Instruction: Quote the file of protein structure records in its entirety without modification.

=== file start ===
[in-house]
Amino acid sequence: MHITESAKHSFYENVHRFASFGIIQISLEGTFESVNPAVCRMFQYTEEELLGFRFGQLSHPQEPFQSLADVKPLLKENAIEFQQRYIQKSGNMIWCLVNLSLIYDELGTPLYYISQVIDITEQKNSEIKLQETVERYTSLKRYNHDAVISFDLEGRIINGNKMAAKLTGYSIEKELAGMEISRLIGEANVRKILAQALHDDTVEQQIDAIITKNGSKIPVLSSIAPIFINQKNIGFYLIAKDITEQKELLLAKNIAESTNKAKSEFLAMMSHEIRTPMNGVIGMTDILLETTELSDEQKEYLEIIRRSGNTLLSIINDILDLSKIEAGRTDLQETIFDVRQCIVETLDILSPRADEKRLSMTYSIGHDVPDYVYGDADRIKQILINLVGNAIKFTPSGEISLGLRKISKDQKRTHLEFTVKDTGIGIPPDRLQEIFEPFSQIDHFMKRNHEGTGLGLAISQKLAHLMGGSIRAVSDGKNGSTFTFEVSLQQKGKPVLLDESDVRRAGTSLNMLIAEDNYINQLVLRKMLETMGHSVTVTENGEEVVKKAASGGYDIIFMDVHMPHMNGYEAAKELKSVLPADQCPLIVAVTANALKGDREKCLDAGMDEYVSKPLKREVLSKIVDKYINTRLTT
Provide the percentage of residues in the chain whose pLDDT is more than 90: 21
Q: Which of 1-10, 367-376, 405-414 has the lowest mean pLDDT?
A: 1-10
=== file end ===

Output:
[in-house]
Amino acid sequence: MHITESAKHSFYENVHRFASFGIIQISLEGTFESVNPAVCRMFQYTEEELLGFRFGQLSHPQEPFQSLADVKPLLKENAIEFQQRYIQKSGNMIWCLVNLSLIYDELGTPLYYISQVIDITEQKNSEIKLQETVERYTSLKRYNHDAVISFDLEGRIINGNKMAAKLTGYSIEKELAGMEISRLIGEANVRKILAQALHDDTVEQQIDAIITKNGSKIPVLSSIAPIFINQKNIGFYLIAKDITEQKELLLAKNIAESTNKAKSEFLAMMSHEIRTPMNGVIGMTDILLETTELSDEQKEYLEIIRRSGNTLLSIINDILDLSKIEAGRTDLQETIFDVRQCIVETLDILSPRADEKRLSMTYSIGHDVPDYVYGDADRIKQILINLVGNAIKFTPSGEISLGLRKISKDQKRTHLEFTVKDTGIGIPPDRLQEIFEPFSQIDHFMKRNHEGTGLGLAISQKLAHLMGGSIRAVSDGKNGSTFTFEVSLQQKGKPVLLDESDVRRAGTSLNMLIAEDNYINQLVLRKMLETMGHSVTVTENGEEVVKKAASGGYDIIFMDVHMPHMNGYEAAKELKSVLPADQCPLIVAVTANALKGDREKCLDAGMDEYVSKPLKREVLSKIVDKYINTRLTT
Provide the percentage of residues in the chain whose pLDDT is more than 90: 21
Q: Which of 1-10, 367-376, 405-414 has the lowest mean pLDDT?
A: 1-10